cinemaspeak59

DINNER AT EIGHT (1932)

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Dinner at Eight (1932), is a trenchant observation of New York’s high society.  Beautifully directed by George Cukor, with razor-sharp characterizations, Dinner at Eight is a film one can watch over and over.  I was particularly struck by John Barrymore’s character, washed up thespian Larry Renault. Television wasn’t around to throw him a life line, in which he could have played a strict but loving father.  With the studio system firmly in control, there was no hot shot independent film maker to resurrect the career of a fading actor.

 

John Barrymore’s alcoholism would later cost him parts, and the irony cannot be lost that the Larry Renault character was an alcoholic.   The scene of Barrymore’s breakdown, after being humiliated by his agent, and later evicted from the hotel, is devastating.  I was also struck by Marie Dressler’s character, Carlotta Vance, reflecting on the loss of the New York she knew in her younger days, in front of Oliver Jordan (Lionel Barrymore).  Every performance in Dinner at Eight is memorable.

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Dinner at Eight (1932), is a trenchant observation of New York’s high society.  Beautifully directed by George Cukor, with razor-sharp characterizations, Dinner at Eight is a film one can watch over and over.  I was particularly struck by John Barrymore’s character, washed up thespian Larry Renault. Television wasn’t around to throw him a life line, in which he could have played a strict but loving father.  With the studio system firmly in control, there was no hot shot independent film maker to resurrect the career of a fading actor.

 

John Barrymore’s alcoholism would later cost him parts, and the irony cannot be lost that the Larry Renault character was an alcoholic.   The scene of Barrymore’s breakdown, after being humiliated by his agent, and later evicted from the hotel, is devastating.  I was also struck by Marie Dressler’s character, Carlotta Vance, reflecting on the loss of the New York she knew in her younger days, in front of Oliver Jordan (Lionel Barrymore).  Every performance in Dinner at Eight is memorable.

 

 

 

Well said. 

 

This past Spring, TCM did a bunch of Marie Dressler movies and I am now a huge fan of her work.   Anything with John Barrymore we watch.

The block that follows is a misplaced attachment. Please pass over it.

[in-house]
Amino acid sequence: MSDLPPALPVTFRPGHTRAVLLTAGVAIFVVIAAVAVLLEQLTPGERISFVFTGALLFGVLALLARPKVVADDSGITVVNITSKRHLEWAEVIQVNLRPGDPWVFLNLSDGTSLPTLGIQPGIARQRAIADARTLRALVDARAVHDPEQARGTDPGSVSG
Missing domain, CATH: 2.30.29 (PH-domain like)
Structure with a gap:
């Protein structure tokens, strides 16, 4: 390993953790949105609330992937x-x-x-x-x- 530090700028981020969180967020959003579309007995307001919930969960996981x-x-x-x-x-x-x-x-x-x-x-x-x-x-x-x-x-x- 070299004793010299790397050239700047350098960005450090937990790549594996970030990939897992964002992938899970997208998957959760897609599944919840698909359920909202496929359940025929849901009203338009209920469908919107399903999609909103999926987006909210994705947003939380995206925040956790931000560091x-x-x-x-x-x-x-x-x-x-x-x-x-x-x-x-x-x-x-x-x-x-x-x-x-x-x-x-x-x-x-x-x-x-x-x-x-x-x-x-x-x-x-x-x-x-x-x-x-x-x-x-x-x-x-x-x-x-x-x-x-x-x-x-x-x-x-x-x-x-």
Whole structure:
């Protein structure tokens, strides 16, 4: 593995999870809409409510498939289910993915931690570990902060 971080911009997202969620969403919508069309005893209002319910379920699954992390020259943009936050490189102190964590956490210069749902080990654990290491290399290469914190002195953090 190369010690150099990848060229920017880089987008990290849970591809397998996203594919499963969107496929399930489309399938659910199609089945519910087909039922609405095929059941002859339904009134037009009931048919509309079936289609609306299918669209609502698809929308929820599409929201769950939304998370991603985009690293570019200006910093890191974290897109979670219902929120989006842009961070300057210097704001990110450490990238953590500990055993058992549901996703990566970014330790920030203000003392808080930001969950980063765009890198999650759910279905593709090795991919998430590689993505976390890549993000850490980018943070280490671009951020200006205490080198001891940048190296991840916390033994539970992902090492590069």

Dinner at Eight is one of those movies that, if on, I can't take my eyes off the screen. 

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I watched this film recently. Quite delightful. The suicide of Larry (Barrymore) was unexpectedly poignant, and one can't help but feel pity for Barrymore himself given his own later fate. The old Vaudeville Queen (Dressler) advising Paula (Madge Evans) to conceal her sexual adventures from a doting fiancé was a deliciously Pre-Code moment. And, of course, Billie Burke was her usual "acting-is-dancing" fairy-like self. I loved every minute of it.

 

On a side note:

 

It was very interesting to see Marie Dressler act in a film with Lionel Barrymore and John Barrymore. According to a November 10, 1933, article in The New York Times, "it was Maurice Barrymore, father of Ethel, John and Lionel, who was responsible for changing [Dressler] into a comic. He saw [Dressler's] laugh-making qualities which others had missed," and Dressler ascribed her later success to him. At the time Dinner at Eight was made, Dressler was "one of the highest-salaried stars in pictures," a far-cry from her impoverished chorus-girl days.

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Once upon a time, it even received a Broadway revival.

 

Littered with stars, Arlene Francis was the drawing card, I believe.

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